The Syrian Civil War is one of the bloodiest
wars of this decade. More than 465,000 people were killed. Over a million were injured.
North of 12 million were displaced. It started with a few protestors against the
Syrian government and President Bashar al-Assad. The death toll has since extended to civilians,
children, the sick, vulnerable and normal people of Syria. From offices to outbacks,
schools to shopping centres, Syrians have been forced to flee. In fact, it is estimated that almost half
of Syria’s pre-war population is displaced. A hopeless situation now fracturing throughout
the world. And yet, through it all, football has played
its part. Ahmad Al Rashid was a typical Syrian. He studied
English literature. He lived in a small town near the capital, Aleppo. He loved football.
But then, in a sudden moment, his life was altered forever. Radical Muslim groups, led by ISIS, began
to lay siege to his town. After just two weeks, the resistance faltered. The radical groups
captured the young men who were fighting against them, hauled them into the central square
of the town, and in front of their wives and children, beheaded them, erecting their heads
onto poles throughout the town as a sign of what would happen if you resisted. It was at this point that Ahmad, who was publicly
criticising ISIS’ actions on social media, realised he must flee. He started his journey.
55 days later, he was in the United Kingdom, hoping for a chance at a new life. But that
hadn’t been the initial plan. Being Kurdish, Ahmad fled to the Iraqi border.
After being picked up in a truck by the Iraqi government, he would end up in a refugee camp
in Mosul. Initially, he said it was for a few weeks, just while the conflict passes.
Then he would return. Nearly seven years later, he has not seen his home again. ISIS came to Mosul. In one night, the city
fell. Thousands were slaughtered. Suddenly, Ahmad was on the run once more. He recognised
that he would never be safe in the Middle East. If ISIS were to ever capture him, they
would behead him without hesitation. He needed to not only flee Syria; he had to flee the
Middle East entirely. And so, with one friend, he headed west. First, he walked to Turkey, slipping through
the ISIS grasp once again. Eventually, he made it to Izmir, on the Western coast of
Turkey, the gateway to Europe for many Syrian refugees. Ahmad had a plan: to get to England. It was at this time that he would begin to
dream of his life in England. Football dominated those dreams. He began to fantasize about
kicking a ball on English soil, about being in the same country as the great Premier League,
about maybe going to see Arsenal, standing at the Emirates stadium, watching his heroes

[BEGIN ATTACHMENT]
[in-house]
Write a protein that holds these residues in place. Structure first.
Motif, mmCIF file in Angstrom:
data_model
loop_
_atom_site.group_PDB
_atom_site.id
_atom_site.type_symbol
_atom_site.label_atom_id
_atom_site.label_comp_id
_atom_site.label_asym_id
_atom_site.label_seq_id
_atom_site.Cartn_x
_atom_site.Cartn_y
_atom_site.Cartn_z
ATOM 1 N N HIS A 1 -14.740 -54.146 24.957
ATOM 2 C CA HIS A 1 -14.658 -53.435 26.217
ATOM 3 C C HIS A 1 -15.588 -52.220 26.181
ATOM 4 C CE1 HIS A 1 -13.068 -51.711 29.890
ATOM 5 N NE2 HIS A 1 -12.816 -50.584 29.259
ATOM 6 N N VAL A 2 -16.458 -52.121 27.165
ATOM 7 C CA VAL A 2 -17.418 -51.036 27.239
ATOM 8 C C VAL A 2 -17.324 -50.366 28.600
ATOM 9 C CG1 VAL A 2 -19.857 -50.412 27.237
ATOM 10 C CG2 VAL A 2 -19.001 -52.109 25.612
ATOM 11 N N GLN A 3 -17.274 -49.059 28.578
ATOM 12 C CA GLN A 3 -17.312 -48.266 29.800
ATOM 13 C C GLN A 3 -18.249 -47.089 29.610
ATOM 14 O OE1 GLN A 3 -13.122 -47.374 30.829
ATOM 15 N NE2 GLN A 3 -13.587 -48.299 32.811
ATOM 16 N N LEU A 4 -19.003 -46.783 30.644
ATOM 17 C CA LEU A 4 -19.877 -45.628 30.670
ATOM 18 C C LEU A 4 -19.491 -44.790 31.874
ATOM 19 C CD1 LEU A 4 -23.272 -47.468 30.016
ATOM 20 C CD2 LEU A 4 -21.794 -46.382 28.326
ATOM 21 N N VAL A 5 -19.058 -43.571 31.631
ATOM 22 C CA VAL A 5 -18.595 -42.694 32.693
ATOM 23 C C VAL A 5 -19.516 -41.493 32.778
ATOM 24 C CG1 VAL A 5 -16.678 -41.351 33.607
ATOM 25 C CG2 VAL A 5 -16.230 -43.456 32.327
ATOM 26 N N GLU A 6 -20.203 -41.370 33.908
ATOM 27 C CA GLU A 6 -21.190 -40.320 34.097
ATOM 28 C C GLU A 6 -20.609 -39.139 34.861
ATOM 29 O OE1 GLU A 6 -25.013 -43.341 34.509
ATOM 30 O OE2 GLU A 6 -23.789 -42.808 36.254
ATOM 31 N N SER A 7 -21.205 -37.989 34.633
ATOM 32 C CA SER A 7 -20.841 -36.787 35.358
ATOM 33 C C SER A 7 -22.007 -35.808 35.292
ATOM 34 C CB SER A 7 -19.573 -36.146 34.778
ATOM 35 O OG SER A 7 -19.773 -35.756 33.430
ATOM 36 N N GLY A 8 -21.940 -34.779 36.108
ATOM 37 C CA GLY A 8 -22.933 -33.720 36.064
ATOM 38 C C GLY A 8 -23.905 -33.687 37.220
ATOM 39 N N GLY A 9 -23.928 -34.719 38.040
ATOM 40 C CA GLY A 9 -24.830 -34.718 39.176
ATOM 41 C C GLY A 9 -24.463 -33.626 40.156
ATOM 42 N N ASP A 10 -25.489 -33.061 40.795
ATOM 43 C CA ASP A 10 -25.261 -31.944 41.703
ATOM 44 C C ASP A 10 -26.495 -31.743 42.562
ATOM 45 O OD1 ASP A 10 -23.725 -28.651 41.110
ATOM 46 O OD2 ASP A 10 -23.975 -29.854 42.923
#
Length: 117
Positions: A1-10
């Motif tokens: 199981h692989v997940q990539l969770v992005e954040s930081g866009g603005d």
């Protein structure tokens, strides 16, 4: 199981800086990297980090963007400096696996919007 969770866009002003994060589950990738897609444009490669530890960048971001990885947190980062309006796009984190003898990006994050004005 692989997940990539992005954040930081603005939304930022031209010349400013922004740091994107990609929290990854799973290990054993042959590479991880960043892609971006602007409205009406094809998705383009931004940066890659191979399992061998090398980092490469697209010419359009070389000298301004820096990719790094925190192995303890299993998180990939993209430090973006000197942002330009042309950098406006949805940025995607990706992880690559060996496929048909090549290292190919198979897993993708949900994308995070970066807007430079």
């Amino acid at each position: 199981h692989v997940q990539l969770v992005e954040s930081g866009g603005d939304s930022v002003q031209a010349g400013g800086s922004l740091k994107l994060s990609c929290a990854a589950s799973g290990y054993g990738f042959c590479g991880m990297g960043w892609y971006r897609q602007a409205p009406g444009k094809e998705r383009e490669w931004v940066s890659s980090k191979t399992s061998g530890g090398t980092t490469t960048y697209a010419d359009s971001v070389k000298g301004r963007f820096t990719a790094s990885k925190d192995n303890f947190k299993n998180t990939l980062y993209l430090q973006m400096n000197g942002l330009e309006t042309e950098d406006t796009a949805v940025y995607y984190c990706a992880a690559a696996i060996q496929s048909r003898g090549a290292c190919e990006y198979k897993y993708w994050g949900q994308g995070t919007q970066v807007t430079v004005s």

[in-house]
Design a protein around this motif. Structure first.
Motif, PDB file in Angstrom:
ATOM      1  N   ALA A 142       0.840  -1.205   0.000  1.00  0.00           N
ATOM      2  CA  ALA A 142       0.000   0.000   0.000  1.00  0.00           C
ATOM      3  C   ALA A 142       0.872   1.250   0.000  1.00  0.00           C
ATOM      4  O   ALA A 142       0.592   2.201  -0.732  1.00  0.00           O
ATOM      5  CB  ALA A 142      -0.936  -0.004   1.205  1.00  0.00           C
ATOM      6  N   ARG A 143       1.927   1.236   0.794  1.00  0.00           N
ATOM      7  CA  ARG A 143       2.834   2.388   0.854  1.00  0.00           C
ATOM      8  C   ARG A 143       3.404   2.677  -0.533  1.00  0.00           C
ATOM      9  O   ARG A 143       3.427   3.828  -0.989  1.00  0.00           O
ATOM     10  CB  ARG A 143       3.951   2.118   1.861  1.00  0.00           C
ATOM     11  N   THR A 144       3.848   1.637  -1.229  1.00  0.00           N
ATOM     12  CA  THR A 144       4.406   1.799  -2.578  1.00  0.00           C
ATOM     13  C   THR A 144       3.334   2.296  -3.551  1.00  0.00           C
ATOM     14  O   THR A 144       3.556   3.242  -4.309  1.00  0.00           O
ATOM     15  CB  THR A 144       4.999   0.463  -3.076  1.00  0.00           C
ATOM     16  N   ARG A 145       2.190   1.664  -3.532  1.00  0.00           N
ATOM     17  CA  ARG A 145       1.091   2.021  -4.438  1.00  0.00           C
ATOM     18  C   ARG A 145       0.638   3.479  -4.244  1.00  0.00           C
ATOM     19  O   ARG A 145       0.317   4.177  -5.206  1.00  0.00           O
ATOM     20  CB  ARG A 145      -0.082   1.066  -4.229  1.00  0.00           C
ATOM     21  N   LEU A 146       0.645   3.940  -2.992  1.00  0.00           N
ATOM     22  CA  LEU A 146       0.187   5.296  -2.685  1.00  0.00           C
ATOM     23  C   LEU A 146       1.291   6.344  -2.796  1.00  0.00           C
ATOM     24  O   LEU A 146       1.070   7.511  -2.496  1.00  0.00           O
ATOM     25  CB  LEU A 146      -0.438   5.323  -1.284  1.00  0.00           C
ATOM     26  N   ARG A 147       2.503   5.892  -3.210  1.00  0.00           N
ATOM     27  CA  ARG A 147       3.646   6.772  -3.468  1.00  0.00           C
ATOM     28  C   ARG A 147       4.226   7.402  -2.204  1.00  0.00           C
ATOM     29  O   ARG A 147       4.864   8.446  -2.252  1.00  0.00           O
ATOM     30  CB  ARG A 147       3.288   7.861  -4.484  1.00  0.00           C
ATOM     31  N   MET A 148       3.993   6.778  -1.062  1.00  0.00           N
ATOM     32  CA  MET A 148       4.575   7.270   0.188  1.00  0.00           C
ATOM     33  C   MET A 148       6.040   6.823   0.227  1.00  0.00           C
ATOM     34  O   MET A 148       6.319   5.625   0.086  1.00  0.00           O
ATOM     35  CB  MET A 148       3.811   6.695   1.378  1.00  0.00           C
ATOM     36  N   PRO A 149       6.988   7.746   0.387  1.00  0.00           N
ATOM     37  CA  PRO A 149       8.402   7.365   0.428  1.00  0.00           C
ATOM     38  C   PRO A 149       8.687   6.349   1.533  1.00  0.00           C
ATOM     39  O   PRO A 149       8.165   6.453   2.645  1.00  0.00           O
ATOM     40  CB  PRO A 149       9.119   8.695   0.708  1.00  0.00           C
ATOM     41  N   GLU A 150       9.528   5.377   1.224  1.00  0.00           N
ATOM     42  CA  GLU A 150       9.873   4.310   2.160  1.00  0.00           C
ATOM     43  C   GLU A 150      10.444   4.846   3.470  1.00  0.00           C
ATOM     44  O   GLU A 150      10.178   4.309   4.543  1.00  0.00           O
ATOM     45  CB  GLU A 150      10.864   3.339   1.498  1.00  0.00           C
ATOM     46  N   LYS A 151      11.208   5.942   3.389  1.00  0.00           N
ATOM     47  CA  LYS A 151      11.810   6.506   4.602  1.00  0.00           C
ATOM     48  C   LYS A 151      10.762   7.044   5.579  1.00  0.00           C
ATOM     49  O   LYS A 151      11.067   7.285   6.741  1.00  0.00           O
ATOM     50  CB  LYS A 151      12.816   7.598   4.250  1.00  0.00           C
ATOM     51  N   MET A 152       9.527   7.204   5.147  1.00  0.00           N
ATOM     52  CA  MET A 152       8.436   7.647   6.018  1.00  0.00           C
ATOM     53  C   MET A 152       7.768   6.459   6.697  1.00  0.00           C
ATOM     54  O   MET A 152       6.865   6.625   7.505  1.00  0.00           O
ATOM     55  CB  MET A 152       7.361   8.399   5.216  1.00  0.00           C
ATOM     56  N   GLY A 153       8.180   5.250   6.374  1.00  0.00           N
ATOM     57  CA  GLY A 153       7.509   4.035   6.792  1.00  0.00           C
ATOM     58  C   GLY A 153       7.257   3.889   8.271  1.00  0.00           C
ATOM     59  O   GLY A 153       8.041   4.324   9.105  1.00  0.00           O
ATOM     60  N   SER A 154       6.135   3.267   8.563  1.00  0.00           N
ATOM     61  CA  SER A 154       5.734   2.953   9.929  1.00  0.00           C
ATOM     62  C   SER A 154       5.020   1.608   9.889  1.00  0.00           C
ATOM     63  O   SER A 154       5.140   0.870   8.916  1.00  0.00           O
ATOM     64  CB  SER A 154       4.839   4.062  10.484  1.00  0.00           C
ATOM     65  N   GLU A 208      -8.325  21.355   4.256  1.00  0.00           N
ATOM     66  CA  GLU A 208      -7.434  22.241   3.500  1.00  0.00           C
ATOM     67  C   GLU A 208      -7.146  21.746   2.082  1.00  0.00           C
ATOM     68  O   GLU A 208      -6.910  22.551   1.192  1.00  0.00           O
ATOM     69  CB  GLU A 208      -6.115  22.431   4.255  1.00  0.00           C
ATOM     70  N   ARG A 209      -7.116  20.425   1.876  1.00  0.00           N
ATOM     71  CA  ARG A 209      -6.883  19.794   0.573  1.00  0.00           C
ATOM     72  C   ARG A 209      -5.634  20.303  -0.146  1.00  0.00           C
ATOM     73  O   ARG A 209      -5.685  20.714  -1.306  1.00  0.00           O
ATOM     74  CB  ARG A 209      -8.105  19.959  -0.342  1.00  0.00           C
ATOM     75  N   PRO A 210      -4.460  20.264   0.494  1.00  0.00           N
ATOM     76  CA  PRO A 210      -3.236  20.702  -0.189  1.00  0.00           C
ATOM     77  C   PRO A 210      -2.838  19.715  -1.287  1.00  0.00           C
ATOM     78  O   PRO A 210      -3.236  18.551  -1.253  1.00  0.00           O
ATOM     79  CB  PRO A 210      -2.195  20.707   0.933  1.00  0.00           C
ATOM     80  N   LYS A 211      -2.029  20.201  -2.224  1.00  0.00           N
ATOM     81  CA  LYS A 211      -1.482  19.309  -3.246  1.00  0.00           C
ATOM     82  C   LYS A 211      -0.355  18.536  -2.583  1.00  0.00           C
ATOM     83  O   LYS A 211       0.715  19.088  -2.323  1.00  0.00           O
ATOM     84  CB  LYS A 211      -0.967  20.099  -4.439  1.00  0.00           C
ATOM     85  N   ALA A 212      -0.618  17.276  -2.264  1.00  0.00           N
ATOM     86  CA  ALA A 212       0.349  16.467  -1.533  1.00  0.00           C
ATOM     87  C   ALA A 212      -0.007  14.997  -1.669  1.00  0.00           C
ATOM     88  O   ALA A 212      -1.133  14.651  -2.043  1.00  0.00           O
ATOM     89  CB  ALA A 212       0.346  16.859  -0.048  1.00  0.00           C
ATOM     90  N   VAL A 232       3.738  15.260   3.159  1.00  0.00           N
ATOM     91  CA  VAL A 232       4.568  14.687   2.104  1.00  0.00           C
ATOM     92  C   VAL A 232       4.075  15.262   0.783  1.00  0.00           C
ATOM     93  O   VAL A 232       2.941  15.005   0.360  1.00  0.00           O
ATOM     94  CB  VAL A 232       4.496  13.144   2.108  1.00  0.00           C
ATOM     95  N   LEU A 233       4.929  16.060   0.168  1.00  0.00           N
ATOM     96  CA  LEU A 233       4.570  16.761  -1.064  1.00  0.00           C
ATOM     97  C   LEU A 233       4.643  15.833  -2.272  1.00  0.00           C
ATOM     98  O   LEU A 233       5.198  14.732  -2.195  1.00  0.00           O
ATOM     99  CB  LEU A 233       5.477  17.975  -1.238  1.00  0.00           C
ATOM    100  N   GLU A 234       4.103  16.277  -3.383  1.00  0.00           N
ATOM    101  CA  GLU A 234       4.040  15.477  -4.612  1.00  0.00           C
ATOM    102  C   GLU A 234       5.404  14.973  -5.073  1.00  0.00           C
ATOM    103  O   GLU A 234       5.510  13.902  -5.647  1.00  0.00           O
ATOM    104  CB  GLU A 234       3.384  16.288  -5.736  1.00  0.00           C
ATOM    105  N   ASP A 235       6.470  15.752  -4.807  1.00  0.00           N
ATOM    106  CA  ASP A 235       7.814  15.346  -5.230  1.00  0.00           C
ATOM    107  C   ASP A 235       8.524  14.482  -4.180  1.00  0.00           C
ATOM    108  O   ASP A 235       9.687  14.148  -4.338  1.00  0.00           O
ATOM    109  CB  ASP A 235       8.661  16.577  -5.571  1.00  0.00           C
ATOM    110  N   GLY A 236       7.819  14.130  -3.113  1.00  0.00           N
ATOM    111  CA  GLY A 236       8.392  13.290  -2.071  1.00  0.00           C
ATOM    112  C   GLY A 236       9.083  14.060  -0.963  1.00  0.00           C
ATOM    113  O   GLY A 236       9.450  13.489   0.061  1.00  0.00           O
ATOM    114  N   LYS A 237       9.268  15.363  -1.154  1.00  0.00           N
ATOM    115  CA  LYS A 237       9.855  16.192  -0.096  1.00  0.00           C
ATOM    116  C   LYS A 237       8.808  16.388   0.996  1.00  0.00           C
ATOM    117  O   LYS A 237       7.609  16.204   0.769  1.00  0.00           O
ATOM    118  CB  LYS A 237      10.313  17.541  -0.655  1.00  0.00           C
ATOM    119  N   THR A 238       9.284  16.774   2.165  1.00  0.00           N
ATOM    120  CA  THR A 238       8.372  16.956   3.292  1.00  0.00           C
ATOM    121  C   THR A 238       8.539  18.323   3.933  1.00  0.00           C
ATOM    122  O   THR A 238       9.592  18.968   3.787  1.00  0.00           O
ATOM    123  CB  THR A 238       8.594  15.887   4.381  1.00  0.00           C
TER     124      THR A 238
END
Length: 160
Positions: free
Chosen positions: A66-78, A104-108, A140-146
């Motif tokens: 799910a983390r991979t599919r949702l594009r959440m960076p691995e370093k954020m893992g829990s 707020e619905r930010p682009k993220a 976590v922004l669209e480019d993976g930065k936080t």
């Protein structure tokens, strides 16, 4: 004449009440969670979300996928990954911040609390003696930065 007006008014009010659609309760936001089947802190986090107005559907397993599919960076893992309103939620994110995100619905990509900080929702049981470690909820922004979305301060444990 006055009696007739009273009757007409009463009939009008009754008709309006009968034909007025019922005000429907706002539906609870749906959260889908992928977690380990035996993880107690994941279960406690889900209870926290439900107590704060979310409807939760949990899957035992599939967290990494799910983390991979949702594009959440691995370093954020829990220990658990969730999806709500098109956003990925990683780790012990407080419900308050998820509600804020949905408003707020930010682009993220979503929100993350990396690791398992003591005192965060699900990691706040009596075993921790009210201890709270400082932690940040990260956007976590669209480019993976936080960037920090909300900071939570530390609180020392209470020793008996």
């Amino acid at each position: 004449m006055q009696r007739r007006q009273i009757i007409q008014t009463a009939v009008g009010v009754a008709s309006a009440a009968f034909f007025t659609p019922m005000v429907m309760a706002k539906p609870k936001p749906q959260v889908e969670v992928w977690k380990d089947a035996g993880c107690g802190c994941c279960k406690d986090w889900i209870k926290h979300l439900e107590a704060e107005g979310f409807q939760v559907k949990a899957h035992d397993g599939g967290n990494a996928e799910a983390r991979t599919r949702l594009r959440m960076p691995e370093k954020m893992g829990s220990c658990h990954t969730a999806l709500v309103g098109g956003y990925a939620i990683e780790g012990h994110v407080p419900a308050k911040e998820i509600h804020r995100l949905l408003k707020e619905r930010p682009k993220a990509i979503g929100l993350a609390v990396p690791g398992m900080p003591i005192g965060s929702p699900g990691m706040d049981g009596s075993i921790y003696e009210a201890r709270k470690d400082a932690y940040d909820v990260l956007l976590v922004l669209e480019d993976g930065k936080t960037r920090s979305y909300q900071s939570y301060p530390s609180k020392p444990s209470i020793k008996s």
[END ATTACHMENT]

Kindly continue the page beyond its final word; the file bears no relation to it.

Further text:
step out of the tunnel. This was his enduring, undying hope. Ahmad twice attempted to get to Athens. He
paid smugglers to ship him, on a dinghy, across the Aegean Sea. The first time he was caught
by the police and returned to Turkey. The second time, they made it. They shipped him
to the Greek island of Chios, the dinghy having sunk minutes before reaching the shore, Ahmad
swimming the final few metres. From Chios, he was shipped to Athens by the Greek officials
and given six months to leave the country or return to Syria. In Athens, Ahmad bought a Bulgarian passport
from a smuggler. The smuggler told him to go to the airport with the passport and boarding
pass, get on a flight to Marseille, telling him which security officials to hand his documents
to and which to avoid entirely, otherwise he would be captured and sent back to Syria,
the passport destroyed and his money long gone. In the airport, Ahmad sat nervously, waiting
for the plane. A number of immigrants were picked up by the officials while he was waiting.
Then, someone tapped him on the shoulder. They asked for his passport. Questioning where
he was flying to and why he was flying there, Ahamd hurriedly invented a story involving
a girlfriend and their anniversary. The official returned his passport, said, ‘enjoy your
trip’ and moved on. Ahmad’s heart continued to beat. With these documents, he flew to Marseille,
in the south of France. From Marseille, he travelled by train, north, eventually reaching
Calais. It was in Calais that this Emirates dream suddenly became a genuine possibility.
He was within touching distance of England. But the most difficult period of his journey
was still to come. After spending almost two weeks in the Calais Jungle, a mire of crime,
abuse, murder, exploitation, and unadulterated, ferocious poverty, Ahmad did what any desperate
person would do: he put his life in the hands of criminals. Stepping into the back of a lorry, not knowing
if he would ever see the sun again, after several attempts, he made it to England. Three
days passed. He and the others he was with in the lorry sat in a container, similar to
that in which 39 dead bodies were discovered in in 2019. Suffocating as he was squashed
against the other fleeing refugees, eventually, someone came to open the doors. He was in
Hull. Ahmad would eventually settle in Middlesbrough.
He was granted refugee status after three months which allowed him to fly his family
over from Syria. He later moved to London. And in London, that insatiable, undying dream
came true. Arsenal. At the Emirates. Football. His hope realised. He would meet his heroes. He shook hands with
Arsene Wenger. He took photos with Mesut Ozil, Alexis Sanchez, Per Mertesacker and Petr Cech.
He watched his Arsenal play at the Emirates Stadium, celebrating a new life. Ahmad survived a horrific journey that many
have died on when undertaking. He was the fortunate one. And amidst all the heartache
and pain, all the death and destruction, all the exploitation and crime, the hope of a